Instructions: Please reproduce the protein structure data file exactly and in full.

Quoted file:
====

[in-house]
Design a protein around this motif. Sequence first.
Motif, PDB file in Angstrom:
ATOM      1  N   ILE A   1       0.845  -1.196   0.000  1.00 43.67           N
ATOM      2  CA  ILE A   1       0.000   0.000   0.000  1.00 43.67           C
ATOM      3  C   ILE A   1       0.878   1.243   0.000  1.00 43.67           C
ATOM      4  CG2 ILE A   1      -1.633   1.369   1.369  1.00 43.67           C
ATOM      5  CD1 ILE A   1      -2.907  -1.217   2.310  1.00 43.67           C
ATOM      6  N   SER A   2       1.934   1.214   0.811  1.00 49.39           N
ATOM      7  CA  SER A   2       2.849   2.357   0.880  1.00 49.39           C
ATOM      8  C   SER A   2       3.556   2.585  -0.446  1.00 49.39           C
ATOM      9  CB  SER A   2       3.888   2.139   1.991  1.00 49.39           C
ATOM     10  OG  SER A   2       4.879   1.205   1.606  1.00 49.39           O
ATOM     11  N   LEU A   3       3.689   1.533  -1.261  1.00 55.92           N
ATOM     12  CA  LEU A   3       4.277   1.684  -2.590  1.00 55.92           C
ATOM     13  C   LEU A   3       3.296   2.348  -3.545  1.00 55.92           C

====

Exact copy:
[in-house]
Design a protein around this motif. Sequence first.
Motif, PDB file in Angstrom:
ATOM      1  N   ILE A   1       0.845  -1.196   0.000  1.00 43.67           N
ATOM      2  CA  ILE A   1       0.000   0.000   0.000  1.00 43.67           C
ATOM      3  C   ILE A   1       0.878   1.243   0.000  1.00 43.67           C
ATOM      4  CG2 ILE A   1      -1.633   1.369   1.369  1.00 43.67           C
ATOM      5  CD1 ILE A   1      -2.907  -1.217   2.310  1.00 43.67           C
ATOM      6  N   SER A   2       1.934   1.214   0.811  1.00 49.39           N
ATOM      7  CA  SER A   2       2.849   2.357   0.880  1.00 49.39           C
ATOM      8  C   SER A   2       3.556   2.585  -0.446  1.00 49.39           C
ATOM      9  CB  SER A   2       3.888   2.139   1.991  1.00 49.39           C
ATOM     10  OG  SER A   2       4.879   1.205   1.606  1.00 49.39           O
ATOM     11  N   LEU A   3       3.689   1.533  -1.261  1.00 55.92           N
ATOM     12  CA  LEU A   3       4.277   1.684  -2.590  1.00 55.92           C
ATOM     13  C   LEU A   3       3.296   2.348  -3.545  1.00 55.92           C